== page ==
Needless tragedy

Published April 26, 2023

HAVING battled violent extremist outfits for decades, law-enforcement agencies in Pakistan should have had streamlined and ‘bulletproof’ SOPs well in place by now.

The terrible news about Monday’s massive twin blasts inside the CTD office at the Kabal police station in Swat suggests otherwise. At least 17 people, including nine police officers and six civilians, were among the fatalities and more than 60 were injured.

The explosions destroyed the CTD office and a mosque located on the station premises, besides damaging the police station’s roof. Unsurprisingly, given the alarming rise in militant attacks, especially in KP, it was initially believed that an act of terrorism had taken place.

Later that night, it emerged that the nature of the blast was being investigated. On Tuesday morning, the IG KP stated that preliminary investigations indicated no signs of a forced entry or gunshots and the source of the two blasts appeared to be explosive weapons and ammunition stored inside the police station depot. Details, however, are still being gathered and a definitive conclusion has yet to be drawn.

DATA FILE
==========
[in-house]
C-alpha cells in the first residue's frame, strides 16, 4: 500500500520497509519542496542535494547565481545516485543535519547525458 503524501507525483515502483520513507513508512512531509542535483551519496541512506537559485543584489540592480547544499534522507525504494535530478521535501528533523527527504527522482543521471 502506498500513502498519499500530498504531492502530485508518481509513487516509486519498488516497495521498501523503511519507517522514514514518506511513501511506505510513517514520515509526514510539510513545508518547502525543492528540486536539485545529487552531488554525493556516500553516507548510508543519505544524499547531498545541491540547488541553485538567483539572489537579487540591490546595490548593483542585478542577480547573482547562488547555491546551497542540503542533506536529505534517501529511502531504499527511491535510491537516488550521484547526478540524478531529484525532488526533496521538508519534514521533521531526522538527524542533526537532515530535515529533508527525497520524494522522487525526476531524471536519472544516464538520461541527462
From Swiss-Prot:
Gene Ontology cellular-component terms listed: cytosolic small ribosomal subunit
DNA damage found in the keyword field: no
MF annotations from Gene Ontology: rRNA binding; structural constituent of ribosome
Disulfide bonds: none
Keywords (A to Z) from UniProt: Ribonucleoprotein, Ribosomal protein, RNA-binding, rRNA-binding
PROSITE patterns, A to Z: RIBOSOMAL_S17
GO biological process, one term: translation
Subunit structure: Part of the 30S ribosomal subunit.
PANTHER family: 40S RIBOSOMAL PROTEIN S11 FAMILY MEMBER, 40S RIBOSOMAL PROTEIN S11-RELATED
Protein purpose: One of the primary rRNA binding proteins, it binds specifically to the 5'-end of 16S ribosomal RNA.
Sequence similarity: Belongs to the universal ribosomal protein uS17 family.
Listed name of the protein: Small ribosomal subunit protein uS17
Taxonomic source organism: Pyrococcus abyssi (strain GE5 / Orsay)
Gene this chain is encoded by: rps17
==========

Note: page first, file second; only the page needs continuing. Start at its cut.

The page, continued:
While it is a relief that this was not another successful breach of a law-enforcement agency’s parameter by militants, it is all the more tragic that so many people lost their lives or sustained injuries in an entirely preventable disaster.

From what has emerged thus far, it appears that a short circuit may have triggered the blasts. Clearly, questions need to be asked about the handling and storage of incendiary devices/materials, most of which, according to sources, were recovered from militants and included mortars, grenades, small rocket launchers, explosive raw material and possibly IEDs as well. Initial estimates suggest that an amount as huge as 50kg could be responsible for the extent of damage caused.

The SOPs must be reviewed as to inspections, supervision, handling, safe custody and record-keeping at such storage sites and any gaps in these must be rectified. If the SOPs are in order, there was obviously a lapse and those responsible must be held accountable for their negligence.

There is also another aspect to consider, which is that the courts are authorised to issue orders for confiscated explosives to be destroyed by bomb disposal units. Better coordination between the police, ATCs and prosecutors through the criminal justice coordination committees functioning at the district level throughout the country would help in this regard.

Published in Dawn, April 26th, 2023

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